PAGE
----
For most of the 20th century, Sacramento was a sedate place dominated by the farming economy, state government, railroads, a couple of military bases, and the businesses serving them. It was also prone to catastrophic flooding, which brought billions of dollars of state and federal spending on dams, levees, and other flood control projects.
In the 1980s, companies like Hewlett-Packard and Intel, looking for places to expand outside of Silicon Valley, began a high-tech transformation by building big campuses in the Sacramento suburbs. (HP still has 3,000 workers in Roseville, and Intel employs 6,500 people in Folsom.)
That helped seed the area with tech talent. During the dot-com years, startups in the region attracted a respectable amount of venture capital: $119 million in 1999, $372 million in 2000, and $203 million in 2001. The region also saw a few profitable exits. In 1999, Intel bought Sacramento-born Level One Communications for $2.2 billion. The following year, Agilent bought Folsom-based OSI for $665 million, and in 2006, Emulex bought Sierra Logic for $180 million.
But by the early 2000s, the pace of startup investment had cooled, and the small contingent of venture firms with offices in the region, such as American River Ventures and DFJ Frontier, had shrunk or become less active. Then came the recession, hitting Sacramento with a triple whammy: large-scale layoffs of state government workers, huge cuts in state spending on contract work, and a brutal correction in the housing market, which had become significantly overbuilt and overpriced.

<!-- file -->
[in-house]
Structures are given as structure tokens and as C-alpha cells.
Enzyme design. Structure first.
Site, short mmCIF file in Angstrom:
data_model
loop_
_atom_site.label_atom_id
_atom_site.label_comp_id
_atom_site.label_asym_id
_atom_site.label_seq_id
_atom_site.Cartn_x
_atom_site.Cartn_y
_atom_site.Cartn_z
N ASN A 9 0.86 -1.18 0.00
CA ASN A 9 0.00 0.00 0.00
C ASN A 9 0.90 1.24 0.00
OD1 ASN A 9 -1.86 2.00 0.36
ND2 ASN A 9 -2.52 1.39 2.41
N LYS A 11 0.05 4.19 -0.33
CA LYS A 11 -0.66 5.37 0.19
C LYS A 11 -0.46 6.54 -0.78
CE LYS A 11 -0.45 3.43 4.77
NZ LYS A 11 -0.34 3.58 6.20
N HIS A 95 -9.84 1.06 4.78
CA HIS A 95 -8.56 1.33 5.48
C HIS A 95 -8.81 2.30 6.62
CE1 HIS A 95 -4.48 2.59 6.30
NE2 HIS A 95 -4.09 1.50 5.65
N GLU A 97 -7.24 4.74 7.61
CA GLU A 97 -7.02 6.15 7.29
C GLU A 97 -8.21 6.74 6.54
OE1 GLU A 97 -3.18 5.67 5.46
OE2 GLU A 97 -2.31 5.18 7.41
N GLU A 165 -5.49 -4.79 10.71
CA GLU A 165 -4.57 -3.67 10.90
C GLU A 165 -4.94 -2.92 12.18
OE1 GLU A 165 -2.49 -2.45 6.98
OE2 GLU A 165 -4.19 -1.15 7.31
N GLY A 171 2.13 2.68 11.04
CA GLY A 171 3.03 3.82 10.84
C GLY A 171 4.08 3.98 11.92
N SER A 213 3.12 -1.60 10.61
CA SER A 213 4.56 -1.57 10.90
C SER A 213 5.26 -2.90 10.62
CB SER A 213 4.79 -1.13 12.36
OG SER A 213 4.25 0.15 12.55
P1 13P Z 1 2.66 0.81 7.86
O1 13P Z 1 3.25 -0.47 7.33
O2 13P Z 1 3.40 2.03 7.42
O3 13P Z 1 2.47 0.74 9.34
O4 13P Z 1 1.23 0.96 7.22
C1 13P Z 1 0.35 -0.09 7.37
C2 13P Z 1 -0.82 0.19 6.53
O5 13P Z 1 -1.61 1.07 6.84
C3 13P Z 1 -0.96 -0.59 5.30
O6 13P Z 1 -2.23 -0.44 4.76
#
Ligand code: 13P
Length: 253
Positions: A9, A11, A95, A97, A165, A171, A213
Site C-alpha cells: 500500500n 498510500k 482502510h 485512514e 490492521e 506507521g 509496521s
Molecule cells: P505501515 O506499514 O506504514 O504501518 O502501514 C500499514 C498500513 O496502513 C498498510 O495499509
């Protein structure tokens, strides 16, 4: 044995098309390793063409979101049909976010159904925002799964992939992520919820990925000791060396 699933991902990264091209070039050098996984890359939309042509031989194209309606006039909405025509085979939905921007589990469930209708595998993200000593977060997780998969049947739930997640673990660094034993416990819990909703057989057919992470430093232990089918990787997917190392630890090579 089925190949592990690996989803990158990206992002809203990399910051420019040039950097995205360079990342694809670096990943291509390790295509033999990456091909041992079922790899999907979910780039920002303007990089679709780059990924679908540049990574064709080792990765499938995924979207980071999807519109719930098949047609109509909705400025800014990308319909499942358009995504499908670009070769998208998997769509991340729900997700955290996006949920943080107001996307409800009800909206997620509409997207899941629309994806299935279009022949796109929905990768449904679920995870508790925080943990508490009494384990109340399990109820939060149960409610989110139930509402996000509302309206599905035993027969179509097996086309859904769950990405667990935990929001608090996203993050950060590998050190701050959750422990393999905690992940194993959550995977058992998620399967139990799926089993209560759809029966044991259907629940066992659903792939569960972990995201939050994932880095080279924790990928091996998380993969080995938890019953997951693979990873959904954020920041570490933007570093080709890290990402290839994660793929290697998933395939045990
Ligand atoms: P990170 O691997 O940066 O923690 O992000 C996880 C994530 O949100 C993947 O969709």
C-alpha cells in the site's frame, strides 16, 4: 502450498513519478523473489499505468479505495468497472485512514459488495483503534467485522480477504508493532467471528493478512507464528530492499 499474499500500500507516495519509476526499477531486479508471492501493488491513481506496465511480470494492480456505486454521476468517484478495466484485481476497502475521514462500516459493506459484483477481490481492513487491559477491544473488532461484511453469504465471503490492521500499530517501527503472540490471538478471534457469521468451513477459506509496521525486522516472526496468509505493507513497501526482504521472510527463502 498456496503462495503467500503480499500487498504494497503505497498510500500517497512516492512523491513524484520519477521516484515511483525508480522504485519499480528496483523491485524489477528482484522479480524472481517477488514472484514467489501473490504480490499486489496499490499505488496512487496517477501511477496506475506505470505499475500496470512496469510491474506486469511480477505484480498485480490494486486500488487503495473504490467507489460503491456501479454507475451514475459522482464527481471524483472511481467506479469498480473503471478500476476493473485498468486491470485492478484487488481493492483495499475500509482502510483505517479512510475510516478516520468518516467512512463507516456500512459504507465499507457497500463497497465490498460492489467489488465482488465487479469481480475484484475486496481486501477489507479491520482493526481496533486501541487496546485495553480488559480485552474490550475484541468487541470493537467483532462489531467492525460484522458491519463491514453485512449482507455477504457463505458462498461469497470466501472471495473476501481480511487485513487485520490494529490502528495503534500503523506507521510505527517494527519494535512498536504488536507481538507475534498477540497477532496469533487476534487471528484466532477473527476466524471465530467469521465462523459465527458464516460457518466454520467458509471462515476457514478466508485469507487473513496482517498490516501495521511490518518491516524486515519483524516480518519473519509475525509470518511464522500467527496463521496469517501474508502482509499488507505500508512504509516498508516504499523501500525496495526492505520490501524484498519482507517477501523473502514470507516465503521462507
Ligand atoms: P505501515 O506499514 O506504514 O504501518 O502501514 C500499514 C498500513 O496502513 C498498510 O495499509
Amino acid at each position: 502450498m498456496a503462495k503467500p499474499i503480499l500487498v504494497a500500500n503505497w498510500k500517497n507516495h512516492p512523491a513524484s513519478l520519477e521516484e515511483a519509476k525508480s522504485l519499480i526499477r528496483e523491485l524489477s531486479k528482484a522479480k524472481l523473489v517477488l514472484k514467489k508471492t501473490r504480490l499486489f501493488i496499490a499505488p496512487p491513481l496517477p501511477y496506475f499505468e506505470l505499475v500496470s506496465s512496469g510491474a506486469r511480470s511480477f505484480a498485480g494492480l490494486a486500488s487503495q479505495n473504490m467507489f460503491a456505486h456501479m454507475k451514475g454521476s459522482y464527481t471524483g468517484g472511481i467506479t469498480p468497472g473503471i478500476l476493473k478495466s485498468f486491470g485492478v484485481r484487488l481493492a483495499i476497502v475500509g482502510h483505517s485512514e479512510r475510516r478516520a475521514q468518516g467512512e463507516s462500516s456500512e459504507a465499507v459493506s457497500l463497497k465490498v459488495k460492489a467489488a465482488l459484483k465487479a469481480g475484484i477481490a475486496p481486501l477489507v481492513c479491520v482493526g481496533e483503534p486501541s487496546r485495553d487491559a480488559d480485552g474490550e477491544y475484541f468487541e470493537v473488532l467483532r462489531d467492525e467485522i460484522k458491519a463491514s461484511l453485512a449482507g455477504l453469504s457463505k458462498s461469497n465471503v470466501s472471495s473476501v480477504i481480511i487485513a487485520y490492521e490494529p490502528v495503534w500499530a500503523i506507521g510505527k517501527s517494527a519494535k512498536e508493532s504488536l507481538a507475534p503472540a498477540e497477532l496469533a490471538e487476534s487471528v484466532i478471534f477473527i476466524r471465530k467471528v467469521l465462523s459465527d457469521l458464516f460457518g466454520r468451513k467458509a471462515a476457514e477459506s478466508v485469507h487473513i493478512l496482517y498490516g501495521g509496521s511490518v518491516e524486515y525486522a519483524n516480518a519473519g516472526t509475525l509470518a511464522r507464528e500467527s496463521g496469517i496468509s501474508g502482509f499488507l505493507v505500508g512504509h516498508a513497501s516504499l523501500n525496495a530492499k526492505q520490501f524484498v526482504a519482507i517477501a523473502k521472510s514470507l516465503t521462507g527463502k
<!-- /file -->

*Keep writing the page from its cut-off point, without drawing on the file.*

If there is one priority on which every business leader in Sacramento now agrees, it’s diversifying the local economy. The region is still massively dependent on government jobs, with nearly 70,000 Sacramento County residents employed by the State of California, and another 30,000 working for the city, the county, and the local school districts. Together, these public employees represent about a quarter of the workforce. Then there are the healthcare giants—Dignity Health, Kaiser Permanante, Sutter Health, and the UC Davis Health System—which employ another 27,000 people in Sacramento County. There’s only one technology company, Intel, among the region’s top 10 employers.
In 2011, convinced that the region’s economic advantages were narrowing, several area CEOs, non-profits, and business leadership groups—including SARTA, the Sacramento Metro Chamber, the Sacramento Area Commerce and Trade Organization (SACTO), and Valley Vision—convened to draft a “prosperity plan” for the six-county capital region. Branded the “Next Economy” initiative, the plan calls for diversification through investment in high-tech innovation, especially in six industries where the Sacramento region already shows promise: advanced manufacturing, agriculture and food, clean energy, education, information and communication technology, and life sciences and health services.
Arnold, SARTA’s head, says there are three main reasons for the Next Economy emphasis on technology. First, when successful tech companies start to scale up, they can add jobs quickly. Second, the jobs they add are generally high-value, well-paid, knowledge-based positions. Third, tech companies are better than others at bringing in wealth from outside the region.
A car dealership might facilitate local economic churn—you buy a car, and some of the money goes to the dealer’s employees and their families, who use it to buy groceries, and so forth—“but that is not increasing the growth, the wealth of the region,” Arnold explains. Tech firms “do that until they are blue in the face.”